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China's First Moon Rover Debuts in Shanghai
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Shanghai launched its prototype lunar rover, or remote-controlled vehicle MR-2, and has staked its hopes of being selected to take part in China's first moon landing in 2012, researchers announced over the weekend.


Saturday saw the remote-controlled vehicle MR-2 unveiled at a China-United Kingdom space technology seminar at the Shanghai Aerospace System Engineering Institute.


The rover, with a cruising speed of 100 meters per hour and evening out at 1.5 meters high and 200 kilograms, is inspired from America's "Spirit," which made its successful first run on Mars.


"We want to make it better than the early US and Russian rovers," institute director Luo Jian said, although he did not specify the improvements to be made.


Luo announced that the moon vehicle has been four years in the making at a laboratory kitted out to replicate the surface of Earth's sole moon.


The rover has the ability to capture three-dimensional images, transmit real-time motion pictures and perform instant digging and analysis of soil of samples. It can also climb inclines and is fitted with sensors to avoid obstacles.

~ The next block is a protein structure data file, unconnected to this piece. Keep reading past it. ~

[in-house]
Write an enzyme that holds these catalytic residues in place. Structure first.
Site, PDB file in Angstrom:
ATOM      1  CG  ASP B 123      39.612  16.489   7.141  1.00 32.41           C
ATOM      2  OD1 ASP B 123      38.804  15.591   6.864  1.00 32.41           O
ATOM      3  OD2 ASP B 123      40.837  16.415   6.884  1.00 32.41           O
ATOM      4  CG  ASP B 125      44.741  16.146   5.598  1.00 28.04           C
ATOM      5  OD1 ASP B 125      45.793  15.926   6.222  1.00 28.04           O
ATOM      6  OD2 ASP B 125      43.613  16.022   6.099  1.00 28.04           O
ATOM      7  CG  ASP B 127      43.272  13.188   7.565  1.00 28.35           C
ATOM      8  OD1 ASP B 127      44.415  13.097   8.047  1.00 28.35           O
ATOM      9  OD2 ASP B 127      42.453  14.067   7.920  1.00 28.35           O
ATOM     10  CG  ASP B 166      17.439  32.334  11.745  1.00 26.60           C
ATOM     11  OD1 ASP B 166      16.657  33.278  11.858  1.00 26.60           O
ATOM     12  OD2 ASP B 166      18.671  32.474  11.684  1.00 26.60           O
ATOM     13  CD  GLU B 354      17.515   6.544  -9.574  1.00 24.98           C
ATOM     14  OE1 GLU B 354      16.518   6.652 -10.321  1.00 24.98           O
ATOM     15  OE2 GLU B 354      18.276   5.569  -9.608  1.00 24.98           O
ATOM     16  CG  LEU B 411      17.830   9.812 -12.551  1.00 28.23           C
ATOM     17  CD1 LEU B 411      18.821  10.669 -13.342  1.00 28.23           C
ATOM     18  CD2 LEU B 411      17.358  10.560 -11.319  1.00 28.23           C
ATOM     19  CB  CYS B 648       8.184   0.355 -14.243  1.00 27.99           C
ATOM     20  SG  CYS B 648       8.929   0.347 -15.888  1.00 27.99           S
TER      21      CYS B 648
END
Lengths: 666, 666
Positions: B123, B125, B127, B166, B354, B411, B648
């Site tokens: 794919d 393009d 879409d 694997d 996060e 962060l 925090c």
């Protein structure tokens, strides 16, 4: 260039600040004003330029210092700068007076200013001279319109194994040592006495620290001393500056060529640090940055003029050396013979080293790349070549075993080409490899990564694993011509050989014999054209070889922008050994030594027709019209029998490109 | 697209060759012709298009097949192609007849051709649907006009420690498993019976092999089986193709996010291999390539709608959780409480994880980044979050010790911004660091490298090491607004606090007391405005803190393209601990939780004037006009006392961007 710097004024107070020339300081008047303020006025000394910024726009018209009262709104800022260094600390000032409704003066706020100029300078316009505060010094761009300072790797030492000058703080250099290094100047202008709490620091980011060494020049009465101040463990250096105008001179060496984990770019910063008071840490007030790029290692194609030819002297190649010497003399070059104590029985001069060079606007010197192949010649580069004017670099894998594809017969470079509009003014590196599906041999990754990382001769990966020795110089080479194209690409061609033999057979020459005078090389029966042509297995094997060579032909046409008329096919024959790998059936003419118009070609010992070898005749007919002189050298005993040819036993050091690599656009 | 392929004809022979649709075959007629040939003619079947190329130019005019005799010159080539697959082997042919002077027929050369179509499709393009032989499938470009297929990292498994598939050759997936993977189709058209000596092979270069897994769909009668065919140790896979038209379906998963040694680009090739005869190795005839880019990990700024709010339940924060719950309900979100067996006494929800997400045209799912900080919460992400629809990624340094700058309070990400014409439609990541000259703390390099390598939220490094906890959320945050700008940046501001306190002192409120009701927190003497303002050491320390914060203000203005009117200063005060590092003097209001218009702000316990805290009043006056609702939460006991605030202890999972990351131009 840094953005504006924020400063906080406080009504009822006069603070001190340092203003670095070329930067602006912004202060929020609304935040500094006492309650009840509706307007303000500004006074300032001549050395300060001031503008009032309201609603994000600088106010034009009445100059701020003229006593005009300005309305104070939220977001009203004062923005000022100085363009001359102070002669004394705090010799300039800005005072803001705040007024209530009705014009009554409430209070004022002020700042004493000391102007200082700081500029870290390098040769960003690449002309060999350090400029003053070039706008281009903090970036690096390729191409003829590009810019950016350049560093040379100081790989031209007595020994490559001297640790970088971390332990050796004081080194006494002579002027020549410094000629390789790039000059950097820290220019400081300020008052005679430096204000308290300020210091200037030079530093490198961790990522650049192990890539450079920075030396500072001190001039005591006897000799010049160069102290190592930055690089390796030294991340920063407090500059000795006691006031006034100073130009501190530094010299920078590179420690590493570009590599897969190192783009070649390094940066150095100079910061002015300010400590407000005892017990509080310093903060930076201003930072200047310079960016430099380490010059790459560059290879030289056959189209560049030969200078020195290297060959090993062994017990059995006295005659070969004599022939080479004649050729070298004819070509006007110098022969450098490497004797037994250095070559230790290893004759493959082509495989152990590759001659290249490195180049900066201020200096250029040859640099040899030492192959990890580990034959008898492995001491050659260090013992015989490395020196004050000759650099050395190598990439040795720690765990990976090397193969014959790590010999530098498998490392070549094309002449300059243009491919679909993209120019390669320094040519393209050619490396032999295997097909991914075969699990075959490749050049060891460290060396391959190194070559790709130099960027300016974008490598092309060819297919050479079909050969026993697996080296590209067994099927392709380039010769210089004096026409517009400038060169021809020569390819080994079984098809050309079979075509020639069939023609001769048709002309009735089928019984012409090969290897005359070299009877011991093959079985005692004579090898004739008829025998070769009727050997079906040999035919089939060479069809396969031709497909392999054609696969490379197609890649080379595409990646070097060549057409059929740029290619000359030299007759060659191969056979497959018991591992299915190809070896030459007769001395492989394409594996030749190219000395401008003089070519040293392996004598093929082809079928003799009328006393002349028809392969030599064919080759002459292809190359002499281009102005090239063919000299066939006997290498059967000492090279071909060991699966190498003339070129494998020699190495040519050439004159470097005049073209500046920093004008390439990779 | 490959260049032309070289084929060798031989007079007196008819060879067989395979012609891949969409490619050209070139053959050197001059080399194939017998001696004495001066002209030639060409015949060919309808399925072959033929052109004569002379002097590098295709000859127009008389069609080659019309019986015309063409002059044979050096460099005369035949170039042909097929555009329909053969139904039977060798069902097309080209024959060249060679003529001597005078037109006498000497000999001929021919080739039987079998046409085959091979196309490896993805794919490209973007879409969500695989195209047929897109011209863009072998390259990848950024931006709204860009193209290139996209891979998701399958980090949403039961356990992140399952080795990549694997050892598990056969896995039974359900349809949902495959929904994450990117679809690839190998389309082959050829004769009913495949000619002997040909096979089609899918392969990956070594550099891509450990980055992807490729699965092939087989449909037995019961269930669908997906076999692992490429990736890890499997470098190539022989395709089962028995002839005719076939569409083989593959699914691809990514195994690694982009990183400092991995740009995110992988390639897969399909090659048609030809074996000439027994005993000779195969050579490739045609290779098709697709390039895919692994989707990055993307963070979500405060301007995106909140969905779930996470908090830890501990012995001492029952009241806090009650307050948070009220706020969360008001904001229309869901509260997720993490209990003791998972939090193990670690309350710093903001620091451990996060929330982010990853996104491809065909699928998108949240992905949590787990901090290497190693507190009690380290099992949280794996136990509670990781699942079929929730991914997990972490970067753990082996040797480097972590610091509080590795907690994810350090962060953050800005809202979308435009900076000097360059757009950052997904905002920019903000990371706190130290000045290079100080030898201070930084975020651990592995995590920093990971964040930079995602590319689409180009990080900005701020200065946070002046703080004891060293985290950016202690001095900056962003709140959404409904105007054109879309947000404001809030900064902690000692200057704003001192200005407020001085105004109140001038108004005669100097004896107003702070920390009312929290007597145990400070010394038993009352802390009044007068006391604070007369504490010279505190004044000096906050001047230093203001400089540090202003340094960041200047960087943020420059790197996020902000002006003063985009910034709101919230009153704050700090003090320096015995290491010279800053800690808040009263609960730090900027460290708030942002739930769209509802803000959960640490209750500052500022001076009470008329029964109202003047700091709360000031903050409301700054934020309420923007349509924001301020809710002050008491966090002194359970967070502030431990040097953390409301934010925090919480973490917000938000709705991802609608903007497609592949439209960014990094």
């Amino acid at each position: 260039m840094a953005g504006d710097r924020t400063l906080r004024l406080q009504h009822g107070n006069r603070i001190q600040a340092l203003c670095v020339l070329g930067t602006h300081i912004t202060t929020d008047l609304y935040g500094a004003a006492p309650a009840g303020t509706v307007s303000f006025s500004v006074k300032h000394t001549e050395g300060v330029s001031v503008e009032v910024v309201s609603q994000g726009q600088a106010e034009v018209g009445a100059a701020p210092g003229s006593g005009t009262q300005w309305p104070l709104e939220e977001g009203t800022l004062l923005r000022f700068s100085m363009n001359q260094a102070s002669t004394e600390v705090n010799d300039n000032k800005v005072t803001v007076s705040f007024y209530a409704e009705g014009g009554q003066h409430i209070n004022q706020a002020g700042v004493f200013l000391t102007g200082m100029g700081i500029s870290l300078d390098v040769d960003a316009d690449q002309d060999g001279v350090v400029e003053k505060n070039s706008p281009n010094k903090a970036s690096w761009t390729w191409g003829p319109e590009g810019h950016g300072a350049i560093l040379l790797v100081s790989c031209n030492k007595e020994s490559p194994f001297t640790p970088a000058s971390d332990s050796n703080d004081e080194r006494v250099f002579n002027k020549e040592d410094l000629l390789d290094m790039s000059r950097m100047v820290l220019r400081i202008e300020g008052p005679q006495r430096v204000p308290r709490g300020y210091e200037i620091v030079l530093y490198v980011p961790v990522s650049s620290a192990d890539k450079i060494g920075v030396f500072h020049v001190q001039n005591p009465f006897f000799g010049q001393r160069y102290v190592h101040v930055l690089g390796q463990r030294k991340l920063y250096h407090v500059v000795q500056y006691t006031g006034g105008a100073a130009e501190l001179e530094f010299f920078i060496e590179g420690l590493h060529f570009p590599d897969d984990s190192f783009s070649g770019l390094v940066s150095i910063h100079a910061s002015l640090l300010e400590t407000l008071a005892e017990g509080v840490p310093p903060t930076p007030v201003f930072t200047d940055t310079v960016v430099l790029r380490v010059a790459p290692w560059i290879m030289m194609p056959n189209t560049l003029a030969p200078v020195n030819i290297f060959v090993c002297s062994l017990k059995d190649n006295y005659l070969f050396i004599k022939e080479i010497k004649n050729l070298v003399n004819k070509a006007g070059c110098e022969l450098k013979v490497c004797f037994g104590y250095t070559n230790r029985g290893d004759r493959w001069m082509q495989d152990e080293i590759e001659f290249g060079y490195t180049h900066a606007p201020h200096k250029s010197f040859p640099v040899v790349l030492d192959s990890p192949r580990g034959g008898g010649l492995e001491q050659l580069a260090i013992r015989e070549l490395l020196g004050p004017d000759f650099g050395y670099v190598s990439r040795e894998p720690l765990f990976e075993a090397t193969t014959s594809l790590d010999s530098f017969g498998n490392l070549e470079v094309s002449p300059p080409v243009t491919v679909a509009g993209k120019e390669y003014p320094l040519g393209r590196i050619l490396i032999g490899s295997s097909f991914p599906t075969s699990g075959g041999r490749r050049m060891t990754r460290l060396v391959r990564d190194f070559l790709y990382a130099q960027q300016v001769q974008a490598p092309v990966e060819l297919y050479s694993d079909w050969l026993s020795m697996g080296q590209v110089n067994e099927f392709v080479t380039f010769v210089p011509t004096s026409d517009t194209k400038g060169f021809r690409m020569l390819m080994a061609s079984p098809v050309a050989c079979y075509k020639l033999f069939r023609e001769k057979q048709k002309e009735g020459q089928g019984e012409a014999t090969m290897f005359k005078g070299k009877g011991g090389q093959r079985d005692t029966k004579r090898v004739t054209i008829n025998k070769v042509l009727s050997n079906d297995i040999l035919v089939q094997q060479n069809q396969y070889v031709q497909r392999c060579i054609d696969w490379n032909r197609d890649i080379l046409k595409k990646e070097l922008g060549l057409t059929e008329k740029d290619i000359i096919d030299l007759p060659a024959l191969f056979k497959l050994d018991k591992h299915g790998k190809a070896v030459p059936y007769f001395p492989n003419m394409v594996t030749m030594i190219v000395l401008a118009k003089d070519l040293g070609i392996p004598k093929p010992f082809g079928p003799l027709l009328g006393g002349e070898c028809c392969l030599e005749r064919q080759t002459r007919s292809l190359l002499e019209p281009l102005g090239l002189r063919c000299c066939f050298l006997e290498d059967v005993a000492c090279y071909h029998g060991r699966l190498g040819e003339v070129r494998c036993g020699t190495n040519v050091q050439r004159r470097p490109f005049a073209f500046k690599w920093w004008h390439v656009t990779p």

Fine tuning is still ongoing to make sure the vehicle will withstand the moon's gravity, only one-sixth that of Earth's, and will be able to function despite cosmic rays, solar radiation and vast temperature swings between -180 degrees Celsius at night and 150 degrees in the day. The institute will improve its laboratory to simulate moon-like gravity conditions and give it the ability to bombard the rover with cosmic rays to round out its testing.


Power generation remains a thorn in the engineers' side since solar power could be problem on the moon due to its long nights, lasting 14 Earth days. A solution could be provided by a nuclear power source which will allow the rover constant power during its voyage 380,000 kilometers into space.


Space institutes in Beijing and around China are also working on their own rovers with China's central space authority still not revealing when the final selection will be made.


The country's lunar ambitions fall under the aegis of the "Chang'e Project," named after the Chinese moon goddess. I It comprises three stages through 2017.


Made up of three stages, the project will first see a lunar orbiter launched later this year to be followed by a remote-controlled lunar rover in 2012 and an unmanned return module will follow.


Following this, preparations are underway for a manned lunar trip after 2017.


(Shanghai Daily April 2, 2007)

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